January 2023

In this VETgirl online veterinary continuing education blog, Dr. Justine Lee, DACVECC, DABT talks about how to get the veterinary internship that you want, and what you can do to maximize your changes of getting an internship… even if you’re a C student.

By Dr. Justine Lee, DACVECC, DABT
Director of Medicine / CEO, VETgirl

How do I maximize my chances of getting a veterinary internship?

So, you read my blog on “Should I do an internship in veterinary medicine” a few weeks ago. And you’re seriously thinking about doing an internship in vet med (YEAH, go!). But what if you’re not sure? And what if you don’t have the best grades?

Well, here’s some advice from a formerly less than average, C-student. (I think I was 62 out of 84 class rank at Cornell).

How do I maximize my changes of getting a veterinary internship?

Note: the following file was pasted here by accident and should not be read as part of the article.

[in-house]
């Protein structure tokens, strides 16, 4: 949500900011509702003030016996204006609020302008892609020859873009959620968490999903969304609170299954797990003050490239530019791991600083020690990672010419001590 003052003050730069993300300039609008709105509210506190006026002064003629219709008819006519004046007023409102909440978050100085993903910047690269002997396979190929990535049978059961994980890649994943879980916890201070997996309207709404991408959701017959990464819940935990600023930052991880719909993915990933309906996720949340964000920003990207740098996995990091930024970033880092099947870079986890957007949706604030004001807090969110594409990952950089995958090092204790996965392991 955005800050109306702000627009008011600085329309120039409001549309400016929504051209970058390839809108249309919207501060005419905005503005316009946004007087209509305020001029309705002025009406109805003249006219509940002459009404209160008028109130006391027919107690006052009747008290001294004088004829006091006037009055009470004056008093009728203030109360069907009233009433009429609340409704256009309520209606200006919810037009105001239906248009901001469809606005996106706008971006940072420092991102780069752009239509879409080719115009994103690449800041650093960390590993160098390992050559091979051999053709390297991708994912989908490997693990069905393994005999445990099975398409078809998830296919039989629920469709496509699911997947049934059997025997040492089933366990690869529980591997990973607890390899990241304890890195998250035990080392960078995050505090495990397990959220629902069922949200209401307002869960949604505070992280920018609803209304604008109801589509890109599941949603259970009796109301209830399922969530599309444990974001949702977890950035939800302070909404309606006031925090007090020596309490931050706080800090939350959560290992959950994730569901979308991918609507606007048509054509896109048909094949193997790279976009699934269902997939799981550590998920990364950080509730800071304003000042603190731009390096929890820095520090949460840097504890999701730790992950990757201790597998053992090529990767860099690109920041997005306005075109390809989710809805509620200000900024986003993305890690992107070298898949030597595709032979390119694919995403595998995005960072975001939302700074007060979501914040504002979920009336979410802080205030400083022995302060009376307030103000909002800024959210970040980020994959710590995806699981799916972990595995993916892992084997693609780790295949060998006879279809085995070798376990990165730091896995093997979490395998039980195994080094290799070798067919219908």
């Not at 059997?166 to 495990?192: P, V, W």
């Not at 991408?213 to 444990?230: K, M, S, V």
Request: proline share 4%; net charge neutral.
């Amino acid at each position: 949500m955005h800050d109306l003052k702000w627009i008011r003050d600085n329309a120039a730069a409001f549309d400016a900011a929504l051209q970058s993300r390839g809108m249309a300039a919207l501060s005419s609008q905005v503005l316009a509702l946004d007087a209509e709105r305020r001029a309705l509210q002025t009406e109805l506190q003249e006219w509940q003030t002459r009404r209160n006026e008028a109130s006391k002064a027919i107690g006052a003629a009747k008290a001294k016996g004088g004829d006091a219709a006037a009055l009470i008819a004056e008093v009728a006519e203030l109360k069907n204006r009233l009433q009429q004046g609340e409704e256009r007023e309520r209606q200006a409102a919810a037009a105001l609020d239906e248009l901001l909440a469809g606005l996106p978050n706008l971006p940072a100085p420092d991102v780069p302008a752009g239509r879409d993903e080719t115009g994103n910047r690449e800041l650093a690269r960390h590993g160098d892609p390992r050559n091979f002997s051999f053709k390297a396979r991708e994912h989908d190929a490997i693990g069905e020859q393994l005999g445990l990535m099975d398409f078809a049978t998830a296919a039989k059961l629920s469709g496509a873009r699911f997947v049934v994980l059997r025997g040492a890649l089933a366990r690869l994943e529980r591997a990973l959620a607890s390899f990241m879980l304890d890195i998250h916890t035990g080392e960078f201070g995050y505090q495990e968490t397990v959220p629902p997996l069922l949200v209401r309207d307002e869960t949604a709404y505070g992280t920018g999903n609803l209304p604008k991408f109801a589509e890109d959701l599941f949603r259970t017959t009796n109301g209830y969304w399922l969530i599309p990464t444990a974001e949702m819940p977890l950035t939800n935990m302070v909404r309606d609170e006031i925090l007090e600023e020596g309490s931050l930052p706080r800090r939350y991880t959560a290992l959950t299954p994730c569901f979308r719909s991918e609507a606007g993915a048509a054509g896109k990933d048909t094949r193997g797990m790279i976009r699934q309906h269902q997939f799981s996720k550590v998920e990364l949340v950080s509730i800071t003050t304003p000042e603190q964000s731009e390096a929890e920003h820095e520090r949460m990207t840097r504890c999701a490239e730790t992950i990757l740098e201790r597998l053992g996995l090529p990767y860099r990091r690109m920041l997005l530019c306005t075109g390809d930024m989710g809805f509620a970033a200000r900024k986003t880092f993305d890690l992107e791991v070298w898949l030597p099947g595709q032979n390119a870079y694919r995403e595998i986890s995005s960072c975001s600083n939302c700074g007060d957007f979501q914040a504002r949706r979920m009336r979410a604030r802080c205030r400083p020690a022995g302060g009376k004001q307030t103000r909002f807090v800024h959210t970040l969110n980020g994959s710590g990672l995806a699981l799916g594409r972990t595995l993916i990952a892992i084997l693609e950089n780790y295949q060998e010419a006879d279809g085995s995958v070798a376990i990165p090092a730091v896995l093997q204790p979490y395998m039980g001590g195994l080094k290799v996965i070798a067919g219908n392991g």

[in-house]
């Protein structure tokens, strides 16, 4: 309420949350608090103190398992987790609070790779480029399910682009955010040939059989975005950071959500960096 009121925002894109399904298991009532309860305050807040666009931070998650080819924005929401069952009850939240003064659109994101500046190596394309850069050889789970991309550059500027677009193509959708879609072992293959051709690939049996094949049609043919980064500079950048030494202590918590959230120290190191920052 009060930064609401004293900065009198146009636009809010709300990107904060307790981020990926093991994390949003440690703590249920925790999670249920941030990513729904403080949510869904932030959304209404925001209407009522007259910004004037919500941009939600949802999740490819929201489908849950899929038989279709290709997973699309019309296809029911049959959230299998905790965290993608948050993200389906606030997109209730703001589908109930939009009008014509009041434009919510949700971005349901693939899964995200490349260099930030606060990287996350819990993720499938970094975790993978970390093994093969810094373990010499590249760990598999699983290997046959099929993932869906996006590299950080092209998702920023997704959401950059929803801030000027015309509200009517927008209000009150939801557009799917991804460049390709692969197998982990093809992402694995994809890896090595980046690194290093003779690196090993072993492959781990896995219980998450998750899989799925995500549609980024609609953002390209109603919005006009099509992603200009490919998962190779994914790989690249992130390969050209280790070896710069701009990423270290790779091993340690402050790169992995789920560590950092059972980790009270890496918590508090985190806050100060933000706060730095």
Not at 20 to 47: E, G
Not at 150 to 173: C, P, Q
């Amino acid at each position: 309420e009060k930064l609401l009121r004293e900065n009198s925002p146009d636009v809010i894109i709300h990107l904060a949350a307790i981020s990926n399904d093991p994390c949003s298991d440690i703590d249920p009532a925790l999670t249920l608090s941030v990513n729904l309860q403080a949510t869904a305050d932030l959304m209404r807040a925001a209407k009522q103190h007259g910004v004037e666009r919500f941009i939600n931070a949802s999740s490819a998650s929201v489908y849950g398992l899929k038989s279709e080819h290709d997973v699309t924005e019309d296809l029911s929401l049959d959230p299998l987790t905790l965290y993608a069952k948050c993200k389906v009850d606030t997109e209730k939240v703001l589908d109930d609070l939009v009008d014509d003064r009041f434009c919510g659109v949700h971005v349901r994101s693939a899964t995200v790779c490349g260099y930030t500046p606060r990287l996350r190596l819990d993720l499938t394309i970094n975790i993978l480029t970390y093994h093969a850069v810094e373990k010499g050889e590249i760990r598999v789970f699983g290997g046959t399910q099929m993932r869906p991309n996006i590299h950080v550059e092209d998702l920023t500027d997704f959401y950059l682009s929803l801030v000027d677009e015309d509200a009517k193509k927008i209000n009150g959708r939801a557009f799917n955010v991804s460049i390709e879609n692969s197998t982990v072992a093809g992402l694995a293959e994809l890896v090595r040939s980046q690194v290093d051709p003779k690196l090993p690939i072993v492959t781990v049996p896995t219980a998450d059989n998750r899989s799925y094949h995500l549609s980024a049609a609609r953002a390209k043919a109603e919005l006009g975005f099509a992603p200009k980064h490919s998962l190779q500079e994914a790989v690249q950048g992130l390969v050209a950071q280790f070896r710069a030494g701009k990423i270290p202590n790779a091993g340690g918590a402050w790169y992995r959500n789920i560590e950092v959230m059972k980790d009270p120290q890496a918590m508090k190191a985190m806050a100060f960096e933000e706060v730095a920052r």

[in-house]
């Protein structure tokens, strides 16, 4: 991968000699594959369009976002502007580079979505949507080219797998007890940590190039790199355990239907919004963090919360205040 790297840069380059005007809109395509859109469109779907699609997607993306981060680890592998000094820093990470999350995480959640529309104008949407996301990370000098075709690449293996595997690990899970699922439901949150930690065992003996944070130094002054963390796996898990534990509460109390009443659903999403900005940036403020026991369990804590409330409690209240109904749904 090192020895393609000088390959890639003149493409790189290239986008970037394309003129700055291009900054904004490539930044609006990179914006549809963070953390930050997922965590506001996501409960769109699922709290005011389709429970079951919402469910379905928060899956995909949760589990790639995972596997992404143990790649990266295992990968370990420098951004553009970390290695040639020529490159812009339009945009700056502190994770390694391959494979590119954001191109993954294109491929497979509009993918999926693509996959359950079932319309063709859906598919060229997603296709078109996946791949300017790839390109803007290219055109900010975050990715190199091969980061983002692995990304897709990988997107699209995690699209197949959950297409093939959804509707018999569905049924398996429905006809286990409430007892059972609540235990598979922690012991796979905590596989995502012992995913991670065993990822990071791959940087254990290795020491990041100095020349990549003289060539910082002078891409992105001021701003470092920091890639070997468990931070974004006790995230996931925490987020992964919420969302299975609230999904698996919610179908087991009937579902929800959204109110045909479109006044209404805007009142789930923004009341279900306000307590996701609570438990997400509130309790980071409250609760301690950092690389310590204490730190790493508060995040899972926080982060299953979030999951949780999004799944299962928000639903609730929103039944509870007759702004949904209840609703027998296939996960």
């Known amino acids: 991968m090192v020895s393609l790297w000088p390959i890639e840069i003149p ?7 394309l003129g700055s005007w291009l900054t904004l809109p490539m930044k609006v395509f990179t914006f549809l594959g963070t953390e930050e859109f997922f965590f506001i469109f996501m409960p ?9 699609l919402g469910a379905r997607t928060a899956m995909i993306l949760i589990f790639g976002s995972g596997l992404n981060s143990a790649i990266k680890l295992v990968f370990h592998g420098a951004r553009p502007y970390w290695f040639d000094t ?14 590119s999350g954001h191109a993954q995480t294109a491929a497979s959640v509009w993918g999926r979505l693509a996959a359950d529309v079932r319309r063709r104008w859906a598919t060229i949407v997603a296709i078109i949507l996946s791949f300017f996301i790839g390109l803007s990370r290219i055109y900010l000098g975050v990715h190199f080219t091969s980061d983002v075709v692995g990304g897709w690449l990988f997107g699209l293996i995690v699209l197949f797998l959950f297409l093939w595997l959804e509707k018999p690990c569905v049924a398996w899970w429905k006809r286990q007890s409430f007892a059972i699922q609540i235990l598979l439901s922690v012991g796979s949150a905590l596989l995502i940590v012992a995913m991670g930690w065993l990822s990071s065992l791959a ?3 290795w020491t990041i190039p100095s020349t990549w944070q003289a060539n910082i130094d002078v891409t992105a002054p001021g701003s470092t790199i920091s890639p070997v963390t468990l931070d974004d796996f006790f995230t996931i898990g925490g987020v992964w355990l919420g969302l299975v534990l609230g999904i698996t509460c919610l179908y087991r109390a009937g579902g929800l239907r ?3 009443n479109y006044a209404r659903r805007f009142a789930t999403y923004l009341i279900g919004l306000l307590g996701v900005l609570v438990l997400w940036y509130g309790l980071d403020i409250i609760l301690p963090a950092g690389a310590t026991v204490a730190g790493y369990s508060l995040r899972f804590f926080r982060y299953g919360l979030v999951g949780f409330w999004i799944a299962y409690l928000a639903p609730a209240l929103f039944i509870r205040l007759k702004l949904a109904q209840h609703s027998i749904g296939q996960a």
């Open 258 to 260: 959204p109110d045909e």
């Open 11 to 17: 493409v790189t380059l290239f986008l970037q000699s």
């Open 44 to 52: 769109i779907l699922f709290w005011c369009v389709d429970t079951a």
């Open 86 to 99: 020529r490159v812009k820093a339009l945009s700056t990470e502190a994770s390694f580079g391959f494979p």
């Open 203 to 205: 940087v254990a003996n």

During Christmas break of my 2nd year of vet school, I went to visit my former OTS veterinary housemate – she was during her internship year at Angell Memorial Animal Hospital in Boston, MA (back then, it was called Angell Memorial Animal Hospital but now it’s Angell Animal Medical Center). I had family in town, and I wanted to stop by for a weekend to volunteer while I was there. I shadowed my fellow Cornellian (Regina, you know who you are!), and fell in love with the hustle and bustle and crazy life of an internship over the weekend.

I went back to extern at Angell approximately 1 year later – as an official 3rd year veterinary student who had entered clinics. I was there for 2 weeks on an internal medicine and oncology externship (pretty much 7am-5pm), but as soon as my shift was over, I asked if I could shadow with the ER intern who was “on the list.” (ER). I stayed with them till typically 11pm or midnight, before turning right around to begin my rotation at 7am the following day. I chased them down (Angell interns have a notoriously fast speed of walking as they are insanely busy), helping where I could, absorbing every minute of it. I helped scrub. I aspirated spleens and lymph nodes post-mortem. I did their cytology while the interns ran from room to room. And I loved EVERY. SINGLE. MINUTE of it. The oncologist pulled me aside before my 2-week externship was over and recommended that I apply to Angell (Thank you, Dr. Shapiro!).